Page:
Regarding the association of PP with clinical variables, we find that patients with depressive PP show higher frequency of work disability, a worse clinical condition according to the CGI severity score and more frequent onset by a depressive episode. Consistency between PP and polarity at the onset episode is one of the most replicated findings in the literature (22–24, 28) and our results confirmed the association between depressive PP and depressive polarity at the first episode (the association between manic PP and manic first episode did not reach statistical significance in our study). According to our findings, the polarity of the first episode can become a key factor in the early stages of BD because it may predict later PP in a high percentage of cases, contributing to establish a suitable clinical path from the beginning. Our data on more frequent work disability and worse scores on the CGI severity scale are also consistent with the literature reporting a higher severity in depressive PP due to its more frequent association with variables of poor prognosis, such as comorbidity with anxiety disorders (29) or more frequent and more serious relapses (27). However, in contrast with previous studies, we found no association between depressive PP and other relevant variables, such as high indexes of suicidal behavior (22, 24, 26, 45) or more delay until the right diagnosis of BD (22, 28). These inconsistencies could be explained by differences in methodology and designs of the studies; for example, different criterion to define PP or prospective rather than retrospective design.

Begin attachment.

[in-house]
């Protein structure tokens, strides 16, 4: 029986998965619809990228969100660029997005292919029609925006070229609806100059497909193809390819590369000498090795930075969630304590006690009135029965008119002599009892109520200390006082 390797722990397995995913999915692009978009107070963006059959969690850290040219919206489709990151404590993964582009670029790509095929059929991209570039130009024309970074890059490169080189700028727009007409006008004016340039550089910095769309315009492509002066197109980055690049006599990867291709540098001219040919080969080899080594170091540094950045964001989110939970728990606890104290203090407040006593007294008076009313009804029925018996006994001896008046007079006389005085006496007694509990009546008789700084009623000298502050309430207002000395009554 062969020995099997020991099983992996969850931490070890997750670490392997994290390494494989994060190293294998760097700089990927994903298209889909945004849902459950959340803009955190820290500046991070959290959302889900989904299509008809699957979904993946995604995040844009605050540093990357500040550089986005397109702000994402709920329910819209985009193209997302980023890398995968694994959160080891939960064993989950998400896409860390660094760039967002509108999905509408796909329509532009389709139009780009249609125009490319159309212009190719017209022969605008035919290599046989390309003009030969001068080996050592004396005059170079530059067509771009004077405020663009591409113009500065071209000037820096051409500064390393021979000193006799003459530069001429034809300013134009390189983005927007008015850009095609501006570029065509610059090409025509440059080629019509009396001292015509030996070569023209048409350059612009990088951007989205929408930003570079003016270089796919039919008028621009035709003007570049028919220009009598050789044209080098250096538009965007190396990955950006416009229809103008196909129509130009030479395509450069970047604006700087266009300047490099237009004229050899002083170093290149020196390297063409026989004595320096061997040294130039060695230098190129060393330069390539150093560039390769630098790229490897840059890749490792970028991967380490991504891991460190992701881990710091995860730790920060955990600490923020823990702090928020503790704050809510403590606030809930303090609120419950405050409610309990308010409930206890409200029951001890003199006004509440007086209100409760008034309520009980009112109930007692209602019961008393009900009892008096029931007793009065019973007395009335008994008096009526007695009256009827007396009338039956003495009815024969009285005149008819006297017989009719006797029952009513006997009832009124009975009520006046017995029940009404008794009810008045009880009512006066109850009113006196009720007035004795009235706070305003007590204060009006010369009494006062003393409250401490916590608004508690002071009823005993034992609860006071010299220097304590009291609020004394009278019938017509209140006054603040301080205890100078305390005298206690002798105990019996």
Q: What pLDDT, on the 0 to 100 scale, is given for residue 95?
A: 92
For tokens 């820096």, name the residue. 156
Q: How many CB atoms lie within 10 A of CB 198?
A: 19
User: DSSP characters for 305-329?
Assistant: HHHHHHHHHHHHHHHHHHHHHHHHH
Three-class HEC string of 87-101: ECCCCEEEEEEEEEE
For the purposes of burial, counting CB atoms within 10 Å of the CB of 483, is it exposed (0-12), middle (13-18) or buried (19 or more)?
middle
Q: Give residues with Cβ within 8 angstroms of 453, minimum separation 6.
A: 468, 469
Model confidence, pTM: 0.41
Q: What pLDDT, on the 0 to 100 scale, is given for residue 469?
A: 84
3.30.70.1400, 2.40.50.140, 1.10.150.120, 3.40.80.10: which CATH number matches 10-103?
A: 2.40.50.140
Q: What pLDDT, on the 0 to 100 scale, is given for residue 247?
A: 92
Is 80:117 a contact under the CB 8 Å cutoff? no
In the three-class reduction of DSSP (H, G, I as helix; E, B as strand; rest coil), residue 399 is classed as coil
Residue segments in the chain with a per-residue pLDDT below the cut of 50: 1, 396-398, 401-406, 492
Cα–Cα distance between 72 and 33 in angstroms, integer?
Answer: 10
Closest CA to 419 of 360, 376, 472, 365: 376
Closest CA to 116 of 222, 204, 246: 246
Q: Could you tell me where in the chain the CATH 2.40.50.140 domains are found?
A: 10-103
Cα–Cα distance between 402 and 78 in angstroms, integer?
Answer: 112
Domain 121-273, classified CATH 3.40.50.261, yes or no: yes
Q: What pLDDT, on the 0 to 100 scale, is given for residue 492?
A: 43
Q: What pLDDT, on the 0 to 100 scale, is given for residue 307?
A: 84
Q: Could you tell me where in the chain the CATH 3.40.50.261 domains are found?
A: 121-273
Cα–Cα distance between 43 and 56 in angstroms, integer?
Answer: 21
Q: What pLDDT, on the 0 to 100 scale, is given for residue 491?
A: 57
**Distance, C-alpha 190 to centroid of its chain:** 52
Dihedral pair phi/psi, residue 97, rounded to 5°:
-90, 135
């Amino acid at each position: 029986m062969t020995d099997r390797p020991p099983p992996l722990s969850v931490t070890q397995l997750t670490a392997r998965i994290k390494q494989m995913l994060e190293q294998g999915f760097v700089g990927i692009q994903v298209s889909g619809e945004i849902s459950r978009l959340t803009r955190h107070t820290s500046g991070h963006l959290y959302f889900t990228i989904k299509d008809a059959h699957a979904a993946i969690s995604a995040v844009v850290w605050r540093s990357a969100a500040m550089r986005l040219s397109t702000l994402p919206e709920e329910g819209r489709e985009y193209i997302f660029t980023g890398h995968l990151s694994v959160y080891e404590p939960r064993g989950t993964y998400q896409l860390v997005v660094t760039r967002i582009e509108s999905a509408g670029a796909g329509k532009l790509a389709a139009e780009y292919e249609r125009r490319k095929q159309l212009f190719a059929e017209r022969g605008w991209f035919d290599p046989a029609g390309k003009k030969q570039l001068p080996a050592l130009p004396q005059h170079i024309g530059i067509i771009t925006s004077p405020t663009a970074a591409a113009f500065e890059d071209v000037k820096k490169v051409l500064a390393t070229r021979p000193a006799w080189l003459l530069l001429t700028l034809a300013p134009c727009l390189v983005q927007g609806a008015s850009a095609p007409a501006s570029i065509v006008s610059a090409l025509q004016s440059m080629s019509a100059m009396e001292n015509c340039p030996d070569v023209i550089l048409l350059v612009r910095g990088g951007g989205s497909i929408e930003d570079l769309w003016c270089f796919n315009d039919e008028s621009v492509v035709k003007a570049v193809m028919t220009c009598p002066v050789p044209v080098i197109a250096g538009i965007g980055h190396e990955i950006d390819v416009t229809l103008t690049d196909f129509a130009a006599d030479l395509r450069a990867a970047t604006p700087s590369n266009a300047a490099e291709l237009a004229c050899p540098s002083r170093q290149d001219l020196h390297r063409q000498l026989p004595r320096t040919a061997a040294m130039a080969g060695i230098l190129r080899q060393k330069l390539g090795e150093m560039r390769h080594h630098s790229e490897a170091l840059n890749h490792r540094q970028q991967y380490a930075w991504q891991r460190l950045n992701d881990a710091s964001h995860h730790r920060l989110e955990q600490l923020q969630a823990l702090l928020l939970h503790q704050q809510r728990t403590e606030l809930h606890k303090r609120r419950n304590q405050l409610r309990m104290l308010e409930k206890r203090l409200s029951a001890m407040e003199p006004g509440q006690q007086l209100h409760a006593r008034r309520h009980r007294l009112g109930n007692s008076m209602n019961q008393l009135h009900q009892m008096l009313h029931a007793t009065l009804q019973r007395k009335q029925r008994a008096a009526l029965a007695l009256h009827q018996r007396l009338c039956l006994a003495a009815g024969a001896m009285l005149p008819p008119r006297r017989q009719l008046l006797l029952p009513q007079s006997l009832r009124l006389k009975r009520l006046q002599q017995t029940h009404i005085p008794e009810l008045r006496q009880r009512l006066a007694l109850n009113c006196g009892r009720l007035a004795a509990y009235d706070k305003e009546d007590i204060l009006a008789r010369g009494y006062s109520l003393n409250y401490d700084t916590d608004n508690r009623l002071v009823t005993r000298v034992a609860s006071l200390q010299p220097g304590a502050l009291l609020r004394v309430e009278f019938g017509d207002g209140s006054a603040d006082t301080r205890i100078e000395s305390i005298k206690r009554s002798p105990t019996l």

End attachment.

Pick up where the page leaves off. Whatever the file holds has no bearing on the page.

The second diagnostic specifier that we analyzed was polarity of the first episode. We found that depressive onset was notably the quite high in our sample (76 out of 108 patients, 70.4%), in line with other studies reporting onset with a depressive episode in two thirds of BD patients (27, 46, 47), although this proportion can be different if mixed episodes are considered (48). In consistency with previous studies (47, 48), we found that depressive onset was associated with type II BD, being one of the factors contributing to a worse perceived quality of life in these patients compared to patients diagnosed with type I BD (49).